Make Money in Beaten-Down Copper Stocks the Easy Way
Exchange-traded funds offer a convenient way to invest in sectors or niches that interest you. If you expect the copper industry to prosper as the global economy gets its legs back and construction and infrastructure projects proliferate, the First Trust ISE Global Copper Index ETF (NYS: CU) could save you a lot of trouble. Instead of trying to figure out which companies will perform best, you can use this ETF to invest in a lot of them simultaneously.
ETFs often sport lower expense ratios than their mutual fund cousins. The copper ETF's expense ratio -- its annual fee -- is 0.70%. That's a good bit higher than that of many ETFs, but far lower than that of the typical stock mutual fund. Note that the fund is small, so if you're thinking of buying, beware of occasionally large spreads between its bid and ask prices. Consider using a limit order if you want to buy in.
This ETF is too young to have enough of a track record to assess. Even so, as with most investments, we can't expect outstanding performances in every quarter or year. Investors with conviction need to wait for their holdings to deliver.
What's in it?
Many major copper companies posted poor performances over the past year, but they could see their fortunes change in the coming years.
Southern Copper (NYS: SCCO) , down 9%, has been labeled a stock "on the road to greatness" by my colleague Rich Duprey. It does carry more debt than many of its peers, but it's also planning to boost its production, and it may be able to generate a lot of revenue in copper-hungry China.
Freeport-McMoRan Copper & Gold (NYS: FCX) , down 30%, recently generated about 5% of its revenue from China, and as the country grows that number is likely to rise. The company's recent 67% dividend hike speaks volumes about management's confidence in its future. The company enjoys a very low cost of production, and is expanding all over the globe.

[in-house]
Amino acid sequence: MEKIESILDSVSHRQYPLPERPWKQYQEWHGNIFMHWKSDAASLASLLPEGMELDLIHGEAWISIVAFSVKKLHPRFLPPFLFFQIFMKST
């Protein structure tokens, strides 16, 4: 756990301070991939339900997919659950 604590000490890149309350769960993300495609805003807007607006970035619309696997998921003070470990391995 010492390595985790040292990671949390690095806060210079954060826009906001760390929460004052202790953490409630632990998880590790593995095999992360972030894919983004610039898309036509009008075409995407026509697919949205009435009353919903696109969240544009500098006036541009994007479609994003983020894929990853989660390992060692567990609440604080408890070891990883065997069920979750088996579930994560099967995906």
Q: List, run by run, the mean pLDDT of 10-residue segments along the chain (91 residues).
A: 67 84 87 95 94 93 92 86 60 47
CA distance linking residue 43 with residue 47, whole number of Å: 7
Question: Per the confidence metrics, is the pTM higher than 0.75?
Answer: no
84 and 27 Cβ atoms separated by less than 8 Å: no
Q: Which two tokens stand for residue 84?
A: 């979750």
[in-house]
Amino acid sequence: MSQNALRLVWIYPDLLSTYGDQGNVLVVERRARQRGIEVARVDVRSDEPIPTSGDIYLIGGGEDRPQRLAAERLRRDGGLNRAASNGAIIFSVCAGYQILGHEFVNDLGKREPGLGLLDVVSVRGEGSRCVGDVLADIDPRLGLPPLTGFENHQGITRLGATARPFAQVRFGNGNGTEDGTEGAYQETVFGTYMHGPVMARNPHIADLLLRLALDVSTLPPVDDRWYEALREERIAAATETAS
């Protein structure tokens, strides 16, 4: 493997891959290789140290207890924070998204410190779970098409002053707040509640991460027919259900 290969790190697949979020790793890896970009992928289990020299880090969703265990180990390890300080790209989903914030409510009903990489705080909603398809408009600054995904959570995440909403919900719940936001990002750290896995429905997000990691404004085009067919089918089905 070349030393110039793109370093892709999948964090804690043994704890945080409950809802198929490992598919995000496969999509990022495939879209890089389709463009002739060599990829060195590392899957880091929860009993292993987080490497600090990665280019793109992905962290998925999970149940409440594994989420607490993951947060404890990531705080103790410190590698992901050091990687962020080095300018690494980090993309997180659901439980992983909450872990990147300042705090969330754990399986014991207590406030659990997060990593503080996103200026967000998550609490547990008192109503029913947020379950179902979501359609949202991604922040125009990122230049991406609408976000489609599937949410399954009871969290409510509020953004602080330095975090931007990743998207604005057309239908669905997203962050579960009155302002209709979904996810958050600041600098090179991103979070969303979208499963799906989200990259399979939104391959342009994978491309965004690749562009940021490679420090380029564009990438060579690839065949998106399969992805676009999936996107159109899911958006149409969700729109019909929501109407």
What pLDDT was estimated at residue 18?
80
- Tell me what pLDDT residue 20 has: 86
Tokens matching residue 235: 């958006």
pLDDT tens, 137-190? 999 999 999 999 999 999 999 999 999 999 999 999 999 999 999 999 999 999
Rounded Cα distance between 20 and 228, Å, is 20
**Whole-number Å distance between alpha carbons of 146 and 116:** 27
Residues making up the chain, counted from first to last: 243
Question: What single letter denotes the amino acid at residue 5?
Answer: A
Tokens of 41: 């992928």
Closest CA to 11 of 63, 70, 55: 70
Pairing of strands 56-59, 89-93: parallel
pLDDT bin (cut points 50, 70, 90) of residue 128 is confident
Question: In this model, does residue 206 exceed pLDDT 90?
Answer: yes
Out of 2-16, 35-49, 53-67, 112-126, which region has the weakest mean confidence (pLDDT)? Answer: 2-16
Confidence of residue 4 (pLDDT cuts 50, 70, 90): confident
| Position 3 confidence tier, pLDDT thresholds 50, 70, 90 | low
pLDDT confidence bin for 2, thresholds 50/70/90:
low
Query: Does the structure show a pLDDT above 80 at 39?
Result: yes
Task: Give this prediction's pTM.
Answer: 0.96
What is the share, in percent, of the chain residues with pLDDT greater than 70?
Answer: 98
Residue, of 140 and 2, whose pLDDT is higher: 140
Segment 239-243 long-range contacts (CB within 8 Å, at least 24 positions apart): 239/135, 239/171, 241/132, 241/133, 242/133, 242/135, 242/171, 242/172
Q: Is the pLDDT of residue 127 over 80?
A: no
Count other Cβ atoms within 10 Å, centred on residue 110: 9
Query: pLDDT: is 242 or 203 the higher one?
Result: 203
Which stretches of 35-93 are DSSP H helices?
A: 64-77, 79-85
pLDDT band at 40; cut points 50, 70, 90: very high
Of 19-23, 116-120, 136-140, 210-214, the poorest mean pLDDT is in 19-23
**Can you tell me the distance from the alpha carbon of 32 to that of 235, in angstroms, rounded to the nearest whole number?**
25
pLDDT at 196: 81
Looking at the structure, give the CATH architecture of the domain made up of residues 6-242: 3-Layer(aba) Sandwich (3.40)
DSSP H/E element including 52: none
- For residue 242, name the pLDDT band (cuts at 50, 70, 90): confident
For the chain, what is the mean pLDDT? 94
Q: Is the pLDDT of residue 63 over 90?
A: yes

Then there are Rio Tinto (NYS: RIO) and Ivanhoe Mines (NYS: IVN) , down 24% and 61%, respectively. Ivanhoe is 51% owned by Rio Tinto, and bulls are excited about the Mongolian Oyu Tolgoi copper, gold, and silver project, which is being developed and may contain an eye-popping $300 billion in copper and gold.
The big picture
Demand for copper isn't going away anytime soon. A well-chosen ETF can grant you instant diversification across any industry or group of companies -- and make investing in and profiting from it that much easier.
If you're more interested in gold than copper, check out our special free report, "The Tiny Gold Stock Digging Up Massive Profits," for a compelling candidate for your portfolio.
At the time this article was published LongtimeFool contributorSelena Maranjian,whom you canfollow on Twitter, holds no position in any company mentioned.Click hereto see her holdings and a short bio. The Motley Fool owns shares of Freeport-McMoRan Copper & Gold. The Motley Fool has adisclosure policy.We Fools may not all hold the same opinions, but we all believe thatconsidering a diverse range of insightsmakes us better investors. Try any of our Foolish newsletter servicesfree for 30 days.